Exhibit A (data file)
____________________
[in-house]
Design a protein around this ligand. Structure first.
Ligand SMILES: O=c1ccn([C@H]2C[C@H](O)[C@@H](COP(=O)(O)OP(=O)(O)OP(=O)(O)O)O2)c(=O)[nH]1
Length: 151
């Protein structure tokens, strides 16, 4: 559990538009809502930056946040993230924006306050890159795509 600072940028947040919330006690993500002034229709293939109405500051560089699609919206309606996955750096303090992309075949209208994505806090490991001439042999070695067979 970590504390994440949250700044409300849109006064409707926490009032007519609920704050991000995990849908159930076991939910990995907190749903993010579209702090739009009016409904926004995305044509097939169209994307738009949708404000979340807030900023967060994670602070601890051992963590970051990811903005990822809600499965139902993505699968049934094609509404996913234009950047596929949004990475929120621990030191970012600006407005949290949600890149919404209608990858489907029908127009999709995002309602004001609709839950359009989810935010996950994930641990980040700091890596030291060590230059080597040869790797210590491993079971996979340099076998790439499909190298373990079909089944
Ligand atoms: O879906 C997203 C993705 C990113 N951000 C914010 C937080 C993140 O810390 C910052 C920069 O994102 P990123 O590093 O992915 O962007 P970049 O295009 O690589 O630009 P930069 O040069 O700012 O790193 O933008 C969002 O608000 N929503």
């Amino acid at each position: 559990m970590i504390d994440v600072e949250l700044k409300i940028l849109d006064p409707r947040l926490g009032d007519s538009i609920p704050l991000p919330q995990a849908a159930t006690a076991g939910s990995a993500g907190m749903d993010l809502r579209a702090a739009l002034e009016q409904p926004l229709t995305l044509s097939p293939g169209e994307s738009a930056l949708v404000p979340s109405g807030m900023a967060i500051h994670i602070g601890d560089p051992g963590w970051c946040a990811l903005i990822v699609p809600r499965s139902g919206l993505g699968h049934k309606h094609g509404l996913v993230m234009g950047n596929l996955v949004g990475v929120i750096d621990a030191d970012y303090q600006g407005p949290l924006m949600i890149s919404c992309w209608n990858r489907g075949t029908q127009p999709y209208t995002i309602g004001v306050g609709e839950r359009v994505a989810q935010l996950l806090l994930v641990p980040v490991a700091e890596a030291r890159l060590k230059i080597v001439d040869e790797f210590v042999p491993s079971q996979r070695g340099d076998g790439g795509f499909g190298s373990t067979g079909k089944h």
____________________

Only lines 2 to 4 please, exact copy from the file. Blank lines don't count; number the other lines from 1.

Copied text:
Design a protein around this ligand. Structure first.
Ligand SMILES: O=c1ccn([C@H]2C[C@H](O)[C@@H](COP(=O)(O)OP(=O)(O)OP(=O)(O)O)O2)c(=O)[nH]1
Length: 151